That’s why I also take refuge in him, and worship him.”


In Buddhist history, there are many examples of spiritually evolved Masters[4] who, even though they followed practices based on personal power, still felt the need to recite nembutsu and seek refuge in Amida. They recommended this practice to their disciples, too. Therefore, if even these wise masters relied on Amida’s Compassion, thus showing how hard it is to become free from birth and death, how much more people like us, full of attachments, of this confuse modern era, should even more seek refuge in Amida.
Shinran says in “Tannisho”:

"Since it is extremely difficult to free oneself from blind passions and the hindrances of karmic evil in this life; even the virtuous monks who practice the Shingon and Tendai[5] teachings pray for enlightenment in the next life. In our case, what more need be said? We lack both the observance of precepts and the comprehension of wisdom, but when, by allowing ourselves to be carried on the ship of Amida's Vow, we have crossed this ocean of suffering that is birth-and-death and attain the shore of the Pure Land, the dark clouds of blind passions will swiftly clear and the moon of Enlightenment, true reality, will immediately appear. Becoming one with the unhindered light filling the ten quarters, we will benefit all sentient beings. It is at that moment that we attain Enlightenment."






[1] Shoshinge.
[2] Passages on the Pure Land Way
[3] Nagarjuna (approximately 150-250), is dubbed the”father of Mahayana Buddhism” and is famous for his rejection of any affirmation about the ultimate nature of reality in the Mahayana doctrine of emptiness. He founded the school of Madyamika (Middle Path) dialectics. The teachings of this school, together with the Yogacara teachings are the basis of Mahayana theory and practice. Also, he is considered by Shinran as one of the seven Patriarchs of the true Pure Land teaching (Jodo Shinshu), due to his works related with Amida Buddha.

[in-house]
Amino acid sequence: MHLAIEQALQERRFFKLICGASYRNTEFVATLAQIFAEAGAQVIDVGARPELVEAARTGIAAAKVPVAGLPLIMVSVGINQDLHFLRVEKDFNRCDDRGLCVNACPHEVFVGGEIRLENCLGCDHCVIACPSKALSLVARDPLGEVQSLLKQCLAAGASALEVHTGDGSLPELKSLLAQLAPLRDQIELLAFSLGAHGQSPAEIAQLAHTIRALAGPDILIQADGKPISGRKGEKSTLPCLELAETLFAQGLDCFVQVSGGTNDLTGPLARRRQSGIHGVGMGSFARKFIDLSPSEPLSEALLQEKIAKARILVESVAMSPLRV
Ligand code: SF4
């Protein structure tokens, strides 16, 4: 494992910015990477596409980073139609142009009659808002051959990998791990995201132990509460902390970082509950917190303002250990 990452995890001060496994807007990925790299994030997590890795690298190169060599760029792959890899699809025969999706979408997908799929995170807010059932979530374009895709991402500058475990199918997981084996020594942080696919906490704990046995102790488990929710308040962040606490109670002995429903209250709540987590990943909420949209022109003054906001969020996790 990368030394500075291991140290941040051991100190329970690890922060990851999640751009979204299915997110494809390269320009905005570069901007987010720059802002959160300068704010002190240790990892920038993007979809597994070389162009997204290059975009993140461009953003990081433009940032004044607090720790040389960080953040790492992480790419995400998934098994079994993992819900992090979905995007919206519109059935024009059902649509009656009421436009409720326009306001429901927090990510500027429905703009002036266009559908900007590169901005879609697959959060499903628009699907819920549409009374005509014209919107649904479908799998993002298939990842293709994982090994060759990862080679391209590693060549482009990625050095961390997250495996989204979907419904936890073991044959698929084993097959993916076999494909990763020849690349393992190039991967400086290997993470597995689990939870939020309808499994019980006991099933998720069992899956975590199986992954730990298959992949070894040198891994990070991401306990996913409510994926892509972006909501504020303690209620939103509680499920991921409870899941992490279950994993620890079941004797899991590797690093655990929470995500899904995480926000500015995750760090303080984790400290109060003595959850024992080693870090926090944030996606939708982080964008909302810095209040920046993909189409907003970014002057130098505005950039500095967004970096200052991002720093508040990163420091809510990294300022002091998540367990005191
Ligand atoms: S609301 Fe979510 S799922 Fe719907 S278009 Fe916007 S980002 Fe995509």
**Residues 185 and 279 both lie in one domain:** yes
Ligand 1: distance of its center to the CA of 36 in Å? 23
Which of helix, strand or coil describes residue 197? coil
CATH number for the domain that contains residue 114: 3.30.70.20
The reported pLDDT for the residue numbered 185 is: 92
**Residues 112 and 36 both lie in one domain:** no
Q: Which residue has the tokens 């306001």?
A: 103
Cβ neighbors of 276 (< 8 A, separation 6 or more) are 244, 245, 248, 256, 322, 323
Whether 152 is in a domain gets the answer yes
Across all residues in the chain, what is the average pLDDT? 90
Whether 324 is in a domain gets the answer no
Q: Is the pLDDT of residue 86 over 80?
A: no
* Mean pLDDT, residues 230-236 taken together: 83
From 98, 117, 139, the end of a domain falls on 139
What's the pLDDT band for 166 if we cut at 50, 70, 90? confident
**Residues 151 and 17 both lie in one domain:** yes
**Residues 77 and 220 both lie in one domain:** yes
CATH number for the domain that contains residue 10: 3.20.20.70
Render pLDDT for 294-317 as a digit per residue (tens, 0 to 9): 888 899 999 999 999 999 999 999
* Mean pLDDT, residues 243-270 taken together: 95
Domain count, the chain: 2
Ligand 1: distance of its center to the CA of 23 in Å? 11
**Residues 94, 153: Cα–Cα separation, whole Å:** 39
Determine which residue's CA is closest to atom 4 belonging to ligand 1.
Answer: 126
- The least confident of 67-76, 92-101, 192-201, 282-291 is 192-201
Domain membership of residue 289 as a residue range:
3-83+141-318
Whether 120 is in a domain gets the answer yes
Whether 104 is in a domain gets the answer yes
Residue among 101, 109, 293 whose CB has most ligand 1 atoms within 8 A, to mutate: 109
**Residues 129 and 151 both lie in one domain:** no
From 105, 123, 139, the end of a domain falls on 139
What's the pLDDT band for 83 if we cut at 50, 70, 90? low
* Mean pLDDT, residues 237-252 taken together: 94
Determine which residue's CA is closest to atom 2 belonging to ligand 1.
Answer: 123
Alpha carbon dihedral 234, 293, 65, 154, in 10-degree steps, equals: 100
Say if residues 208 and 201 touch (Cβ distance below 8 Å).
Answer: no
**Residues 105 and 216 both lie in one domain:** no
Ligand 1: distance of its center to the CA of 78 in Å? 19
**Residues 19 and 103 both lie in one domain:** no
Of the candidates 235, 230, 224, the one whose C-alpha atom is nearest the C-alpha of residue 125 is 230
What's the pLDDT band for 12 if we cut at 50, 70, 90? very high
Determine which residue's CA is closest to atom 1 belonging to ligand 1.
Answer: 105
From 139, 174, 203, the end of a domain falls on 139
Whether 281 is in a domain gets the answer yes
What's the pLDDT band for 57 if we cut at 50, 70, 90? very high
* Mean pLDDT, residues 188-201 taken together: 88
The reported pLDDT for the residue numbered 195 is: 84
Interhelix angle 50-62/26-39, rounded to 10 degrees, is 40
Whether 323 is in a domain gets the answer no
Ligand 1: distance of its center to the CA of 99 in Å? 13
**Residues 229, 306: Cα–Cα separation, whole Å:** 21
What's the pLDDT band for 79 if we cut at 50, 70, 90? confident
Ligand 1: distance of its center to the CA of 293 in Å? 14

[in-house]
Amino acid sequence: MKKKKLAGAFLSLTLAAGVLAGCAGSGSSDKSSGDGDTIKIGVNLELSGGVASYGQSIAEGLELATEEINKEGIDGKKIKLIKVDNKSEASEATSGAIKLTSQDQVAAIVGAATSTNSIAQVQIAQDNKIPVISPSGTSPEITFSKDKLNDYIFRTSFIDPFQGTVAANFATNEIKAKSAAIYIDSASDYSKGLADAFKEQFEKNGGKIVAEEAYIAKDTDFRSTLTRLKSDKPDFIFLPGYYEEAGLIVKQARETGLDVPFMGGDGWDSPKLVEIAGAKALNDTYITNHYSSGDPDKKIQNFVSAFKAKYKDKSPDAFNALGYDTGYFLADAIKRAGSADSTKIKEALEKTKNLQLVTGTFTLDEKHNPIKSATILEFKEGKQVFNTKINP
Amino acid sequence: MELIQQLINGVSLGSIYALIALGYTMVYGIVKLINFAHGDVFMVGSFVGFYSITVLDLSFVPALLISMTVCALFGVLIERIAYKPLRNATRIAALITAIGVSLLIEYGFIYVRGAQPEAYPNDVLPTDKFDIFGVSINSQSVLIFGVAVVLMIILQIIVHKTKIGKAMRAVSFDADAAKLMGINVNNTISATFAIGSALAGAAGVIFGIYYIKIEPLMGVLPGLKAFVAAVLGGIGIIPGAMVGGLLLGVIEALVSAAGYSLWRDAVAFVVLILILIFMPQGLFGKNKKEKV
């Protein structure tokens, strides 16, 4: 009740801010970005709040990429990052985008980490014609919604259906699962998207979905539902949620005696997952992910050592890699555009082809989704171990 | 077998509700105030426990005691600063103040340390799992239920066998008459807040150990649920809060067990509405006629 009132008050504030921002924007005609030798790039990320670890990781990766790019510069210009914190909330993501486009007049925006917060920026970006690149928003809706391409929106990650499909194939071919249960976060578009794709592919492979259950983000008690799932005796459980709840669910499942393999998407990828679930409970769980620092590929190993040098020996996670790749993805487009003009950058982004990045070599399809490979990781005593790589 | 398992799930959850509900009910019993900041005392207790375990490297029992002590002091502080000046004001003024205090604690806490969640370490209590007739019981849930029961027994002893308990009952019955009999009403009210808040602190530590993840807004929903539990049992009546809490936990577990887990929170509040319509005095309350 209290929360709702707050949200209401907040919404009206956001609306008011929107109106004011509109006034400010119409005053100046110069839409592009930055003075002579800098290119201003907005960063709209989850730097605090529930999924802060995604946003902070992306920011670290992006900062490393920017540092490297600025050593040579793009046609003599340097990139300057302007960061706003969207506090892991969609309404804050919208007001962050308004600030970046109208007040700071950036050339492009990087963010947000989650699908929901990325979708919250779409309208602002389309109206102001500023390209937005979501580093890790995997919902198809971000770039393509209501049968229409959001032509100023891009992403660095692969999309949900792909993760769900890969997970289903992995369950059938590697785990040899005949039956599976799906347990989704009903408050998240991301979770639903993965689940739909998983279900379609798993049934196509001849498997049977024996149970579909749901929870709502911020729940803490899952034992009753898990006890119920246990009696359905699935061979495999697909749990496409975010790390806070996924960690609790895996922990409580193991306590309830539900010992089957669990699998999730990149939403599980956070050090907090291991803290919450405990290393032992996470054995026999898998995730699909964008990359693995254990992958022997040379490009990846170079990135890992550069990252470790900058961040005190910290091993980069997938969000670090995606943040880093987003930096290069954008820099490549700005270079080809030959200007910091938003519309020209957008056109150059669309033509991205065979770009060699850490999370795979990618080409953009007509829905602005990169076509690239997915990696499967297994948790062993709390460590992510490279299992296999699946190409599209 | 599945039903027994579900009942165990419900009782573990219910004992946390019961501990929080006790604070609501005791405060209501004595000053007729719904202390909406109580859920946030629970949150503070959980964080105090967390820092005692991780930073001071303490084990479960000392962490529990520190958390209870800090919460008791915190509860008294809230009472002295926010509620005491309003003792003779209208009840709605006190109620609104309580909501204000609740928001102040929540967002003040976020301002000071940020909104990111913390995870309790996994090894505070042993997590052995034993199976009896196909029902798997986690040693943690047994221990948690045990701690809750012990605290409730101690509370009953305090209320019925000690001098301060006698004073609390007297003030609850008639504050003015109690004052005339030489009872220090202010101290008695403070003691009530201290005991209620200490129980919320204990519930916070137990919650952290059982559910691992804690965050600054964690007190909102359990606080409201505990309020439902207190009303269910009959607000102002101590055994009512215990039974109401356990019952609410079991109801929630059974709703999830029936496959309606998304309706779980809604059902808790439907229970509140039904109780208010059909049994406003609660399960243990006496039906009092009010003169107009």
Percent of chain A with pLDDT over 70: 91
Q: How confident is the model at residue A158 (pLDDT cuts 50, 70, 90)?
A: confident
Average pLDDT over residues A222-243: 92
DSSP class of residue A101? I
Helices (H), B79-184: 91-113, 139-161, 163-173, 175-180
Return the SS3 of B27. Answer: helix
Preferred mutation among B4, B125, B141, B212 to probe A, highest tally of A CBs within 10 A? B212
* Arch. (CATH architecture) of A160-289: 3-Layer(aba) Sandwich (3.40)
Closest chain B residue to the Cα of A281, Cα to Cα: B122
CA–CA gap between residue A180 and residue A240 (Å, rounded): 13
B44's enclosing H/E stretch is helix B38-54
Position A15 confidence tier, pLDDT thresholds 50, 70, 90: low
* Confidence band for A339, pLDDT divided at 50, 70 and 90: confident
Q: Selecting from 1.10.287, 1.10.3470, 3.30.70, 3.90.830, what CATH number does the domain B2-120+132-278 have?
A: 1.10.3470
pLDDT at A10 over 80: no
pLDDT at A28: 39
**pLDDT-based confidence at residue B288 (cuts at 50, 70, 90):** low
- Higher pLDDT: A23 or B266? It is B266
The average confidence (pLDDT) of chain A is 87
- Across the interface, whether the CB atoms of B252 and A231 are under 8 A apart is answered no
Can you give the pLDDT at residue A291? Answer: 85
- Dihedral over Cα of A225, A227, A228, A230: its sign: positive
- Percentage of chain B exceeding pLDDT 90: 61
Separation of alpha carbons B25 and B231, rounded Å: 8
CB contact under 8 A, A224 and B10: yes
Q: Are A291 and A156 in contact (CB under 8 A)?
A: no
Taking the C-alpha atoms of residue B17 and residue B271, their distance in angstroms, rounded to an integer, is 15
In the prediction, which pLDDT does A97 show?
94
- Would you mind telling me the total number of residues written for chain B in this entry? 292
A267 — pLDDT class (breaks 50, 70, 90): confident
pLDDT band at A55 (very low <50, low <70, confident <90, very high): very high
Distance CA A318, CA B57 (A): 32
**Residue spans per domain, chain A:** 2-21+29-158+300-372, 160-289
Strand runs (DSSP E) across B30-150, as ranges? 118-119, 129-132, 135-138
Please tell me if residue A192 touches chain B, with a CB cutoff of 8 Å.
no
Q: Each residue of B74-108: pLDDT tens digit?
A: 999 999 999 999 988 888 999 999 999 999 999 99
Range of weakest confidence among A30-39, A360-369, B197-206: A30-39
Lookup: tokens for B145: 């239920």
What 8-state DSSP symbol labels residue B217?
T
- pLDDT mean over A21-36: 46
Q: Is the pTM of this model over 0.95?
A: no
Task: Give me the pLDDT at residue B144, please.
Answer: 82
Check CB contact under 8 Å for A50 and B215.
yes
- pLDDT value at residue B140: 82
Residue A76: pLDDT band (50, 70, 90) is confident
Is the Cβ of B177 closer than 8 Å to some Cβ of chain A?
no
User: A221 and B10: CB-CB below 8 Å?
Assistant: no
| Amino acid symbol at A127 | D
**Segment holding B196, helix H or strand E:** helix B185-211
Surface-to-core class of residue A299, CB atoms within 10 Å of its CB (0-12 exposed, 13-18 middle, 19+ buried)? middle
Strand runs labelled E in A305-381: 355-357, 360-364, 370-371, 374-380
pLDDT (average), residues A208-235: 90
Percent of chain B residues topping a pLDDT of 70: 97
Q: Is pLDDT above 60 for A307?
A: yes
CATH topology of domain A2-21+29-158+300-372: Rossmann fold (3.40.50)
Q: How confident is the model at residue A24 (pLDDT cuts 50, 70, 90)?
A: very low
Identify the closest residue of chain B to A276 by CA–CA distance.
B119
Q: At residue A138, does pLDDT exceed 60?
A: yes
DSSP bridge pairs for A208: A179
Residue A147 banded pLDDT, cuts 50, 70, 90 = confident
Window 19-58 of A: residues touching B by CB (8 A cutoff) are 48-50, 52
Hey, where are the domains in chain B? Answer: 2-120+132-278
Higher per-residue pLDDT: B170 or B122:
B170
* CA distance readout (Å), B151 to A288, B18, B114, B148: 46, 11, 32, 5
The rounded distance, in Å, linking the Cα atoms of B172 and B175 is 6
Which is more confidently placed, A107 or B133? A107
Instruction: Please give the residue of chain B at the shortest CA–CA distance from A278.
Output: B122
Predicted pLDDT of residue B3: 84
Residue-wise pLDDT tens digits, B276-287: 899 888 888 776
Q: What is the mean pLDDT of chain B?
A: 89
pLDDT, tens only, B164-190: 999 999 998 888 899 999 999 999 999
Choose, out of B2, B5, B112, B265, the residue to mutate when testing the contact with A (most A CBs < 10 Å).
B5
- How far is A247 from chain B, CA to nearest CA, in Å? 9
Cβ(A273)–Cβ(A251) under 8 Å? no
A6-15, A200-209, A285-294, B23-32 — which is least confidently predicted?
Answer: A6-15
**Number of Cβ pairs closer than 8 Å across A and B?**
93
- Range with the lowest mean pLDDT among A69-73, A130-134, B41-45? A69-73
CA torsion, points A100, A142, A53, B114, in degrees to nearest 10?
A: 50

[4] Another important figure well known in Mahayana Buddhist schools is Vasubandhu (approx. 320-400), exponent of Yogacara (“the practice of unifying meditation”) teachings which explain all plains of existence in terms of consciousness and teach the meditation about the relationship between personal conscience and the universe, as well as reaching supreme Enlightenment by realizing the inseparable unity between the two. As a Pure Land devotee, he wrote “The Hymn of Aspiring towards Birth: Discourse about Amida Sutra”, in which he explains the theory and practice based on contemplation of Amida Buddha, the Pure Land, and the Bodhisattvas who dwell there. At the beginning of the hymn he addresses to Shakyamuni and expresses his devotion towards Amida: “O World-Honored One, with singleness of mind, I take refuge in the Tathagata of Unhindered Light Shining throughout the Ten Directions, And aspire to be born in the Land of Peace and Bliss.”
[5] Famous Japanese Buddhist schools in the time of Shinran Shonin.